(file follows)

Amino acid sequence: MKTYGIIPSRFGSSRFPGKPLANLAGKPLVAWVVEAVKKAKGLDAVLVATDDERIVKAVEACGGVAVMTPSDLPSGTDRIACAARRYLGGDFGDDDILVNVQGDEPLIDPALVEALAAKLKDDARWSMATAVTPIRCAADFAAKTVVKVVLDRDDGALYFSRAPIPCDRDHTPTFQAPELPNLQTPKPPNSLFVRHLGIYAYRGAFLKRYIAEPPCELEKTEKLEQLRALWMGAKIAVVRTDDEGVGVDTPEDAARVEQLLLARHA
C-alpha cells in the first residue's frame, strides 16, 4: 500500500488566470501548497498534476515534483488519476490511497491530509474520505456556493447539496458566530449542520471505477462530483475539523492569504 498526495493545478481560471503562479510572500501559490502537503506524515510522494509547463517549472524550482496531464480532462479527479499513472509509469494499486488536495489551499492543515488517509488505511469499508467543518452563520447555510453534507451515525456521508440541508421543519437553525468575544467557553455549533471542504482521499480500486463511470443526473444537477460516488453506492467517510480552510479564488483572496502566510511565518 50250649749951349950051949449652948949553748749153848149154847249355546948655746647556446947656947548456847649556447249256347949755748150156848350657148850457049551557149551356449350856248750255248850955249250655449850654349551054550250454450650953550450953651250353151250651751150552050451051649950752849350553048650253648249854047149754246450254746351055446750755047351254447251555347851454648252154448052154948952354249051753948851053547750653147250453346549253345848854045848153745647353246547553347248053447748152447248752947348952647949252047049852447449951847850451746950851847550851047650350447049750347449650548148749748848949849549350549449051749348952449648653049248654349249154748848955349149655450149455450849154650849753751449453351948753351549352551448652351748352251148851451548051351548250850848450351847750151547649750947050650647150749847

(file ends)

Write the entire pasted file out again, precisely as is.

Amino acid sequence: MKTYGIIPSRFGSSRFPGKPLANLAGKPLVAWVVEAVKKAKGLDAVLVATDDERIVKAVEACGGVAVMTPSDLPSGTDRIACAARRYLGGDFGDDDILVNVQGDEPLIDPALVEALAAKLKDDARWSMATAVTPIRCAADFAAKTVVKVVLDRDDGALYFSRAPIPCDRDHTPTFQAPELPNLQTPKPPNSLFVRHLGIYAYRGAFLKRYIAEPPCELEKTEKLEQLRALWMGAKIAVVRTDDEGVGVDTPEDAARVEQLLLARHA
C-alpha cells in the first residue's frame, strides 16, 4: 500500500488566470501548497498534476515534483488519476490511497491530509474520505456556493447539496458566530449542520471505477462530483475539523492569504 498526495493545478481560471503562479510572500501559490502537503506524515510522494509547463517549472524550482496531464480532462479527479499513472509509469494499486488536495489551499492543515488517509488505511469499508467543518452563520447555510453534507451515525456521508440541508421543519437553525468575544467557553455549533471542504482521499480500486463511470443526473444537477460516488453506492467517510480552510479564488483572496502566510511565518 50250649749951349950051949449652948949553748749153848149154847249355546948655746647556446947656947548456847649556447249256347949755748150156848350657148850457049551557149551356449350856248750255248850955249250655449850654349551054550250454450650953550450953651250353151250651751150552050451051649950752849350553048650253648249854047149754246450254746351055446750755047351254447251555347851454648252154448052154948952354249051753948851053547750653147250453346549253345848854045848153745647353246547553347248053447748152447248752947348952647949252047049852447449951847850451746950851847550851047650350447049750347449650548148749748848949849549350549449051749348952449648653049248654349249154748848955349149655450149455450849154650849753751449453351948753351549352551448652351748352251148851451548051351548250850848450351847750151547649750947050650647150749847